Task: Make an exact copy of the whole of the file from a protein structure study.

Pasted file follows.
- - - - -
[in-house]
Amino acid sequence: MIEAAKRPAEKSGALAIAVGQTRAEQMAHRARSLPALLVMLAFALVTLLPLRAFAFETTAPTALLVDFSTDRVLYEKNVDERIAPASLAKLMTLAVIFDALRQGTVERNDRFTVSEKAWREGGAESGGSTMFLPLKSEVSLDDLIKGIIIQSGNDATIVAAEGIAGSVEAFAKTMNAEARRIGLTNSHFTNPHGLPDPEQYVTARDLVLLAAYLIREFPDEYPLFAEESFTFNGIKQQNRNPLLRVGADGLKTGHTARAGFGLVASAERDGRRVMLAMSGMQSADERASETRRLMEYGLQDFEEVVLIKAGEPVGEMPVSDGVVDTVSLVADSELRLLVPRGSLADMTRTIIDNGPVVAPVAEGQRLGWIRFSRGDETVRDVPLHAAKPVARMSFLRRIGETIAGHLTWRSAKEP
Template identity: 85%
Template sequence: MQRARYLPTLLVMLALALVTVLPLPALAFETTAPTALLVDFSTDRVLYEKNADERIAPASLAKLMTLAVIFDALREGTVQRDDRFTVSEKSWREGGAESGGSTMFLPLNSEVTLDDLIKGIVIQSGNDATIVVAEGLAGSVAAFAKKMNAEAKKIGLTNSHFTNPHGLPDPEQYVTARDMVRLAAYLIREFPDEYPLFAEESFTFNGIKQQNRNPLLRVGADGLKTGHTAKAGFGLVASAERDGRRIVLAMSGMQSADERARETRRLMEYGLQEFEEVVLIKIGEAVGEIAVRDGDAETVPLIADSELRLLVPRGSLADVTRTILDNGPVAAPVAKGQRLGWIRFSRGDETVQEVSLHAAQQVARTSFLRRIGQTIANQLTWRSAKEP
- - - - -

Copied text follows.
[in-house]
Amino acid sequence: MIEAAKRPAEKSGALAIAVGQTRAEQMAHRARSLPALLVMLAFALVTLLPLRAFAFETTAPTALLVDFSTDRVLYEKNVDERIAPASLAKLMTLAVIFDALRQGTVERNDRFTVSEKAWREGGAESGGSTMFLPLKSEVSLDDLIKGIIIQSGNDATIVAAEGIAGSVEAFAKTMNAEARRIGLTNSHFTNPHGLPDPEQYVTARDLVLLAAYLIREFPDEYPLFAEESFTFNGIKQQNRNPLLRVGADGLKTGHTARAGFGLVASAERDGRRVMLAMSGMQSADERASETRRLMEYGLQDFEEVVLIKAGEPVGEMPVSDGVVDTVSLVADSELRLLVPRGSLADMTRTIIDNGPVVAPVAEGQRLGWIRFSRGDETVRDVPLHAAKPVARMSFLRRIGETIAGHLTWRSAKEP
Template identity: 85%
Template sequence: MQRARYLPTLLVMLALALVTVLPLPALAFETTAPTALLVDFSTDRVLYEKNADERIAPASLAKLMTLAVIFDALREGTVQRDDRFTVSEKSWREGGAESGGSTMFLPLNSEVTLDDLIKGIVIQSGNDATIVVAEGLAGSVAAFAKKMNAEAKKIGLTNSHFTNPHGLPDPEQYVTARDMVRLAAYLIREFPDEYPLFAEESFTFNGIKQQNRNPLLRVGADGLKTGHTAKAGFGLVASAERDGRRIVLAMSGMQSADERARETRRLMEYGLQEFEEVVLIKIGEAVGEIAVRDGDAETVPLIADSELRLLVPRGSLADVTRTILDNGPVAAPVAKGQRLGWIRFSRGDETVQEVSLHAAQQVARTSFLRRIGQTIANQLTWRSAKEP